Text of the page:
I had Jean-Pierre Jeunet's wicked Amélie described to me as "cinematic Prozac," which I didn't understand once I'd seen it (Amélie to me is--and this isn't a bad thing--poisonous), but I do think the term applies to Girl on the Bridge. Just a sequence where Gabor throws "blind" at a writhing, S&M-bound (and garbed, I should add) Adèle is enough to cause a rise from the most, in this film's vernacular, "depressive" viewer. If the erotic metaphor is clumsy, it is, at least, clumsy in the way that allegory or fable or anything not meant to be taken entirely literally must be a little clumsy--clumsy in the way that you want to overlook because the movie's so full of goodwill and passionate, cheesy expressions of love and devotion. Comes a point when you realize that all the clichés used to describe epiphanies and milestones are true--that those stupid expressions of wonder are the best way to articulate the miraculous connection people can develop each to each. What works about Leconte's work in general and Girl on the Bridge in particular is that beneath all the obvious hommage to Hollywood's ebullient '30s and '40s, beyond those references to the pantheon of surrealist film directors, and behind that gorgeous cinematography by long-time Leconte collaborator Jean-Marie Dreujou, there is this simple truth that when you fall in love with the person you're meant to be with, everything makes sense because nothing makes sense. Girl on the Bridge is wonderful.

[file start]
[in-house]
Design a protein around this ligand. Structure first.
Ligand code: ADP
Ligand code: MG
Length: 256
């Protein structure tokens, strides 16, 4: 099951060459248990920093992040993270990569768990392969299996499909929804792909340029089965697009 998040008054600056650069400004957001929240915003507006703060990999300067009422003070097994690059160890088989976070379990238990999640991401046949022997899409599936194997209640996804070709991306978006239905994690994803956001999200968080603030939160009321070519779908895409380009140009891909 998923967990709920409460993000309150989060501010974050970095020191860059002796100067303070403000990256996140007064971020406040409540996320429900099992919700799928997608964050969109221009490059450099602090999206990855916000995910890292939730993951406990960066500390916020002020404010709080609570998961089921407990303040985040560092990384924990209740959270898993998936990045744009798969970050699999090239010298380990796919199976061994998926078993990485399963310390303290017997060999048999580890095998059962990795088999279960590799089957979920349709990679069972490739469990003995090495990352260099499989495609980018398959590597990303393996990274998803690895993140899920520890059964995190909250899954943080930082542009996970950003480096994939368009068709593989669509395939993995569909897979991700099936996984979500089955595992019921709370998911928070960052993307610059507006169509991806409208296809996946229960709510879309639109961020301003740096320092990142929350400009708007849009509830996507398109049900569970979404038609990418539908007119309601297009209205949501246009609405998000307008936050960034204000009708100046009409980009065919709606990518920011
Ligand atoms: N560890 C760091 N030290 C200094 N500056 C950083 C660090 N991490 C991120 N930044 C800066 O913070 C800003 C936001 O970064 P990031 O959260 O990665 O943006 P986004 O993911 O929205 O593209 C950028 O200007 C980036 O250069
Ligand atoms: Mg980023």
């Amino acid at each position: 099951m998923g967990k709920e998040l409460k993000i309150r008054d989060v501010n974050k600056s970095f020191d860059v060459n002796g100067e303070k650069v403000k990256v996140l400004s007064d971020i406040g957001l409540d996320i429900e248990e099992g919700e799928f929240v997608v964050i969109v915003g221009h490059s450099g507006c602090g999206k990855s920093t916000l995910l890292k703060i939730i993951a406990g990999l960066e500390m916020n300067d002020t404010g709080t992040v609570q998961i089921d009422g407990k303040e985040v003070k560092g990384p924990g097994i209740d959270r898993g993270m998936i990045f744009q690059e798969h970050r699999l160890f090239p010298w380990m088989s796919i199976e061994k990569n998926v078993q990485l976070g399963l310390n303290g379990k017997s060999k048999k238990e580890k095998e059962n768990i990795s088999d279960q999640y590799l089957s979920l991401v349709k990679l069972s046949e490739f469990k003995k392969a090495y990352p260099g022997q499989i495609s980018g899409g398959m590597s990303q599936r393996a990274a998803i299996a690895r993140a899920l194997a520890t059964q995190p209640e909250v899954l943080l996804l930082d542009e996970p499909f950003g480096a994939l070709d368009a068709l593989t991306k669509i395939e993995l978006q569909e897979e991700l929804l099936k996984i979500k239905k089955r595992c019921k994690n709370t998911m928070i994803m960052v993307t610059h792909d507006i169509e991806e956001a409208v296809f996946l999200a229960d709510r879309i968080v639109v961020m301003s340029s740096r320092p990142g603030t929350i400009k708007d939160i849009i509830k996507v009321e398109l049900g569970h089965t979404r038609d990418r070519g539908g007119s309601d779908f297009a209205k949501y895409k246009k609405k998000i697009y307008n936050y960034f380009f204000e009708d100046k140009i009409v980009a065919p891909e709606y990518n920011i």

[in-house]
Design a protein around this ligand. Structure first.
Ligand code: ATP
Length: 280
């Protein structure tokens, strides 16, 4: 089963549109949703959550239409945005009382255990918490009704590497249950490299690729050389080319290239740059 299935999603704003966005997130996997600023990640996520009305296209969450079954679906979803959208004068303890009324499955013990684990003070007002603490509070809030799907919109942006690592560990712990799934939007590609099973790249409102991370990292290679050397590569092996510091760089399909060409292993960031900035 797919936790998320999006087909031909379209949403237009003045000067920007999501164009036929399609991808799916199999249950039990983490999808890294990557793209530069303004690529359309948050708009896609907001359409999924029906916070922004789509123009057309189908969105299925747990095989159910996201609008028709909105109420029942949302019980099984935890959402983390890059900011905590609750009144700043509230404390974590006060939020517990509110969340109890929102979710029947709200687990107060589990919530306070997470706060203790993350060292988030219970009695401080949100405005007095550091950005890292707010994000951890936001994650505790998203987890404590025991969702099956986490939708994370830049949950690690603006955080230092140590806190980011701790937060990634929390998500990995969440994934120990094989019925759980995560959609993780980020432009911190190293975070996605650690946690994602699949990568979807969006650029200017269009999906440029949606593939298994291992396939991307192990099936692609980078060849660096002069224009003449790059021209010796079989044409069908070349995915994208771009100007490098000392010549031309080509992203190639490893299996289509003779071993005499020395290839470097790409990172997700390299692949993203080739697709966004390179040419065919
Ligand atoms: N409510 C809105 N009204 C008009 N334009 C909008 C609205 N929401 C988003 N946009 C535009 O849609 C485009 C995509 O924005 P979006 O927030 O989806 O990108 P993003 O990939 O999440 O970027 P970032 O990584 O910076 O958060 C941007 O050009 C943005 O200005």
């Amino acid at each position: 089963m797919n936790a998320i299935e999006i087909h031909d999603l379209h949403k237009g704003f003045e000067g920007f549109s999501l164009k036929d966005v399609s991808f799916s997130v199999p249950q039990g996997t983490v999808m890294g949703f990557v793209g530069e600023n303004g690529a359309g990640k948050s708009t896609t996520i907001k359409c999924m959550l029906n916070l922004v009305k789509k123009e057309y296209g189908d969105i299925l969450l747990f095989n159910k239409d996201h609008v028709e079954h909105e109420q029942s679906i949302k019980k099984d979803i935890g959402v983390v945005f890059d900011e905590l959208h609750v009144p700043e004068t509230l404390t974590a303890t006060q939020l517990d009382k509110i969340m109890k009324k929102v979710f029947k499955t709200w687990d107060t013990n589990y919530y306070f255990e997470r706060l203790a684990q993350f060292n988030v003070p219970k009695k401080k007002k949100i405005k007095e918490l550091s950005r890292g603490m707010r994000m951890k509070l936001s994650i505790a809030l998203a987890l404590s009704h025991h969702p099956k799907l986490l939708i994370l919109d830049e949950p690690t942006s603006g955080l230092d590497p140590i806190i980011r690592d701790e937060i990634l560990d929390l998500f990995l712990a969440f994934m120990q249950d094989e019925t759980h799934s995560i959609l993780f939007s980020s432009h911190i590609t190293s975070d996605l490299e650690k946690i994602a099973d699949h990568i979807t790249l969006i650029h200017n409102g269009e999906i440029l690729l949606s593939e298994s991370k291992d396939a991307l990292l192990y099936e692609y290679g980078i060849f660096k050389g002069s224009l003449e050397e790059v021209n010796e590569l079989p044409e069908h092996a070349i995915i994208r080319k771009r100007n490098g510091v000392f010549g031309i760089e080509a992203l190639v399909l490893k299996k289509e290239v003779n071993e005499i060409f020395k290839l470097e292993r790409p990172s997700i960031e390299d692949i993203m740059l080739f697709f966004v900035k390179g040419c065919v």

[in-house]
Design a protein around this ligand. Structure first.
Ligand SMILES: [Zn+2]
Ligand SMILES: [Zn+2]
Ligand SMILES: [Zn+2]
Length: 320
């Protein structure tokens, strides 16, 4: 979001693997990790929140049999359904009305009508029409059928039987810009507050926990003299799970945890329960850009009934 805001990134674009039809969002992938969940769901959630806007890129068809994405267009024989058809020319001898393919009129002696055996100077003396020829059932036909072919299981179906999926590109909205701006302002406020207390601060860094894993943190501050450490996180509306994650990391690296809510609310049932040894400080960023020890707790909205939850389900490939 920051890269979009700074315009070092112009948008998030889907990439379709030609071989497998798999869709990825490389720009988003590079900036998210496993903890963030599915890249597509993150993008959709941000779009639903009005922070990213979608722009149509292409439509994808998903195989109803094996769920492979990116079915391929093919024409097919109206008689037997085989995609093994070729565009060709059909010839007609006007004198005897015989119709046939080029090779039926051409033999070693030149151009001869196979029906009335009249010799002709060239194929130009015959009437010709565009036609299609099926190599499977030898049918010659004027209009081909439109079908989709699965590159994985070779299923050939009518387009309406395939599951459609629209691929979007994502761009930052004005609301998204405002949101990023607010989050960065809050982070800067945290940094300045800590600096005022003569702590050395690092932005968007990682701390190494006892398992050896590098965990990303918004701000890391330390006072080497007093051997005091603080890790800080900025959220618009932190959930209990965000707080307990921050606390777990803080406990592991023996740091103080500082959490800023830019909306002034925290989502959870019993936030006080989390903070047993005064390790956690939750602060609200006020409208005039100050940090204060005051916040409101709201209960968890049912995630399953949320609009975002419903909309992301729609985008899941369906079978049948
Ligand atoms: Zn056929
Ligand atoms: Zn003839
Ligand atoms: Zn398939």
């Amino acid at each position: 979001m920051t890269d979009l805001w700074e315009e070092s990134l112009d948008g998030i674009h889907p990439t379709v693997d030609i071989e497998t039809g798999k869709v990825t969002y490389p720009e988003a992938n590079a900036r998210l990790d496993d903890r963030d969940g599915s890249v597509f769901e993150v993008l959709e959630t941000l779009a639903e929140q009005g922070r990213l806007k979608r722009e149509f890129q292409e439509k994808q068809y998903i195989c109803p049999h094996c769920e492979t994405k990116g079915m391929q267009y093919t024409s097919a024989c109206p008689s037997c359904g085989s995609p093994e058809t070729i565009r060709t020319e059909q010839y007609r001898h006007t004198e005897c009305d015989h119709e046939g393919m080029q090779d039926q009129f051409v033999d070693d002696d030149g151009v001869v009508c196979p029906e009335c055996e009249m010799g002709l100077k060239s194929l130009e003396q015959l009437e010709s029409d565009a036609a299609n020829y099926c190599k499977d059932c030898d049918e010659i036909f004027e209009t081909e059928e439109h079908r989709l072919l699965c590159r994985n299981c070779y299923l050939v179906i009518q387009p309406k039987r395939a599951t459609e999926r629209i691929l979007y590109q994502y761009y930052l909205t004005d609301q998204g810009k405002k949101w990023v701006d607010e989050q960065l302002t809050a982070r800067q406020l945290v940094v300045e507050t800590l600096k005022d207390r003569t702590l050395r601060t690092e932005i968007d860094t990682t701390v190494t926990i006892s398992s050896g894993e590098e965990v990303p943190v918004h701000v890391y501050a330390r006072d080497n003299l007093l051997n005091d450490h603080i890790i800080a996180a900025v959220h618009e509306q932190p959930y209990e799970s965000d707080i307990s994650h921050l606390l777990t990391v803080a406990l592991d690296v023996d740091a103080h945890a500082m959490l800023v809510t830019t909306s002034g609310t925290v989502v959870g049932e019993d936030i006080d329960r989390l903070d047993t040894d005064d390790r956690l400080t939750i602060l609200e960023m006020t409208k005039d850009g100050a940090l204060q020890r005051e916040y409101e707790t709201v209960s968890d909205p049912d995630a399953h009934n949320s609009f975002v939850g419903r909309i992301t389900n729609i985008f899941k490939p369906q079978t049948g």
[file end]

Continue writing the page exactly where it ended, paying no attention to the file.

It's a shame, then, that Legend Films shepherds Girl on the Bridge to belated Region 1 DVD in a single-layered, interlaced video transfer that preserves its 2.35:1 aspect ratio (ignore the 1.78:1 misprint on the back) in anamorphic widescreen but provides, lamentably, burned-in subtitles and digitization artifacts. The picture, so dependent on razor-sharp clarity, is blurry at times--which is at complete odds with my memory of seeing it on the big screen at CU's International Film Series--and often dim. Although some of the action occurs at night (one sequence is just a pair of headlights to the lower left of the screen), there's nothing dark about it. A scene where Gabor's eyes are blazed out in a line of white light is rendered well, but shots more subtle in their gradation suffer in the translation. And while the dialogue is light and delightful, I would have liked the option of turning off the subtitles, if only to better stare at Paradis in what is the most beautiful a woman can look in the movies. Part Winona Ryder, part Helena Bonham Carter, she's the idealized waif of every lonely boy's fantasy. The French Dolby 2.0 stereo audio is, however, absolutely adequate, if nothing special. There are no special features. Originally published: November 19, 2008.